Friday, March 22, 2013


Bonds are the way institutions take out a loan from the public.  The National Debt, at $16.7 trillion dollars, includes treasury bills, notes and bonds sold to institutions and personal investors around the world.  Municipal bonds are the same thing except that they are sold by municipalities (cities, states, etc.) for various public works projects.  Corporation can also issue bonds.  Corporate finance includes making sure the right amount of money is financed through stock issuance and bond issuance.

Bonds are issued based on an interest rate and a maturity date.  For example a bond could be issued at $9000 and mature in 10 years worth $10,000.  A bond could be issued at $100 and mature in 10 years worth $100, but pay a 2% coupon annually (in this example $1 every 6 months for 10 years). 

Bonds are a little trickier to buy and sell.  Treasury bonds are pretty easy for individuals.  They are bought through and held to maturity.  Shop4Bonds is a website that offers bonds online.  To buy an individual bond, call your broker, tell him what you are interested in, the broker will quote a price (which includes a commission) and you can purchase the bond.  It is the same thing to sell.  Bonds are less liquid than stocks.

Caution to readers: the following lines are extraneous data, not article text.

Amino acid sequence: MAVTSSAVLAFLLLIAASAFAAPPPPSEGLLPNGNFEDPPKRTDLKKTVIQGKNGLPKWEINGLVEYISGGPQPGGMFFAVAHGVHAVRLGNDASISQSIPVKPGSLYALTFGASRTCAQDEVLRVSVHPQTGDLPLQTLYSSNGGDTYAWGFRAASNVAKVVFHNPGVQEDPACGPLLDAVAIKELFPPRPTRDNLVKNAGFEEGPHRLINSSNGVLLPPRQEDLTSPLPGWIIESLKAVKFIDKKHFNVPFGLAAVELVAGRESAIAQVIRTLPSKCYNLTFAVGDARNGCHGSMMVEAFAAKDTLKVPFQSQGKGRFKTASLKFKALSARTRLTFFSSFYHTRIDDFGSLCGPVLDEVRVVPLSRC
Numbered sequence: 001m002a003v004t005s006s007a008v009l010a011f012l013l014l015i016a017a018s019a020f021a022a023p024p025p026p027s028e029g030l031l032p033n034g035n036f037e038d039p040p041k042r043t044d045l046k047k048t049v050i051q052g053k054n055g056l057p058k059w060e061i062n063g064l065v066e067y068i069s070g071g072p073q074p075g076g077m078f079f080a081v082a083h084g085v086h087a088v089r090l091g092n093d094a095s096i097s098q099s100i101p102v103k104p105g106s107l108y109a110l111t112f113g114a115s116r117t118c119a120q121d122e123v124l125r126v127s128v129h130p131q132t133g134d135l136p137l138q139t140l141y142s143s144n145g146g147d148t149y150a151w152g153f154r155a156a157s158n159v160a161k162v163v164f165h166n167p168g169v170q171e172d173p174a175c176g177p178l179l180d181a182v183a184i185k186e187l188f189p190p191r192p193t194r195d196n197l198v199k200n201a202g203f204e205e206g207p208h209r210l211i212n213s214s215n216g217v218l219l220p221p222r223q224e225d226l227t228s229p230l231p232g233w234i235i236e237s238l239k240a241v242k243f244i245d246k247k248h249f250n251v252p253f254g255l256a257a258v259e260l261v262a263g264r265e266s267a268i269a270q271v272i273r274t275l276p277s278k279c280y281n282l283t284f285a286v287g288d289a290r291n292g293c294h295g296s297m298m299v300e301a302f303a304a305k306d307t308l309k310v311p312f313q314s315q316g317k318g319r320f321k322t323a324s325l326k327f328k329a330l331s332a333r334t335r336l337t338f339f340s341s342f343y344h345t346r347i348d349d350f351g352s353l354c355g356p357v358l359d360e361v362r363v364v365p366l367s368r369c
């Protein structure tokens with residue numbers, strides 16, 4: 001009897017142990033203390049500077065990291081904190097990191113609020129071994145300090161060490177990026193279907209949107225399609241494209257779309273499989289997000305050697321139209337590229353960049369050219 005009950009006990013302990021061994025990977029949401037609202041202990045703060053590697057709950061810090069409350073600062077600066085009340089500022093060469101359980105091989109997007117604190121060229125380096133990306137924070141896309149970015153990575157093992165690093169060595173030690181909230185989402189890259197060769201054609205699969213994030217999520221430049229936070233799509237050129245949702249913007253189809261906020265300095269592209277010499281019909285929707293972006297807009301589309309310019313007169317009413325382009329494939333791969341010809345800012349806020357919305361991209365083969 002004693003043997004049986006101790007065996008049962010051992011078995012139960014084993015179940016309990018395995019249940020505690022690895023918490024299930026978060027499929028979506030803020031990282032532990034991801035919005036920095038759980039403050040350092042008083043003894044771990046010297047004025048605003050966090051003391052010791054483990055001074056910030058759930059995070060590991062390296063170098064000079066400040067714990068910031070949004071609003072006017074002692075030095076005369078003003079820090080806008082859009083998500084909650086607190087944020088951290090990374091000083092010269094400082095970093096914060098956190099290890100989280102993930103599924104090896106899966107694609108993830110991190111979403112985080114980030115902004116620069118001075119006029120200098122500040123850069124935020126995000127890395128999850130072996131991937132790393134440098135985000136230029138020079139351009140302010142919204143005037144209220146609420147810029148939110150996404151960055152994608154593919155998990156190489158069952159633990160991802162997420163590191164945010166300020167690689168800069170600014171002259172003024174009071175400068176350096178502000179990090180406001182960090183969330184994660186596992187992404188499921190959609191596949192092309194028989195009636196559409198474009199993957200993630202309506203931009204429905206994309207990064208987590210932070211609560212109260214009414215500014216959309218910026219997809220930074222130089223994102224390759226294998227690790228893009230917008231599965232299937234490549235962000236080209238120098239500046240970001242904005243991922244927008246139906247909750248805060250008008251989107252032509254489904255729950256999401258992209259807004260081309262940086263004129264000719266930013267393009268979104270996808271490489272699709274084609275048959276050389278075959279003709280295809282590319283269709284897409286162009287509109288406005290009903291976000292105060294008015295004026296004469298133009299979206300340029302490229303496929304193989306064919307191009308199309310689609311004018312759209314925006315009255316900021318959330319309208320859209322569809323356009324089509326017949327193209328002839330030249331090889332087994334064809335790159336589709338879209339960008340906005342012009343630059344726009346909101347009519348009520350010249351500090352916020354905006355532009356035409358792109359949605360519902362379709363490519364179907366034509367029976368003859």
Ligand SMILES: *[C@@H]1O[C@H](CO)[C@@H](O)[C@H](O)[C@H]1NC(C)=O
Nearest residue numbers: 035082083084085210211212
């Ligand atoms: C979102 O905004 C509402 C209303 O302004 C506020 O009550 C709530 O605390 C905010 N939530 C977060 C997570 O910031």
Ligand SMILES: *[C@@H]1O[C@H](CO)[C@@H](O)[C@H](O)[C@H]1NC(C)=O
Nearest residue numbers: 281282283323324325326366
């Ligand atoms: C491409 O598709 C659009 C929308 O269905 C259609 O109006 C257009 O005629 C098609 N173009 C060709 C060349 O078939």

If a company goes bankrupt, the bondholders will get a share of what is left of the company before shareholders (who usually get nothing).

Bond funds hold a smattering of bonds and are usually classified as long term (duration of 10+ years), short term (less than 1 year) or intermediate term.  They are also classified as High yield (risky) or Investment grade (less risky).  Finally they are classified as corporate, municipal (tax exempt depending on where you live) or treasury (backed by the full faith and credit of the US Government).  The credit rating of the US Government recently went from AAA (outstanding) to AA+ (excellent).

The longer the duration of a bond the more volatile it is.  Longer duration bonds offer higher returns.  The lower the credit rating of the issuing entity the more risky it is.  Low credit ratings mean higher returns as long as the issuing entity does not default.

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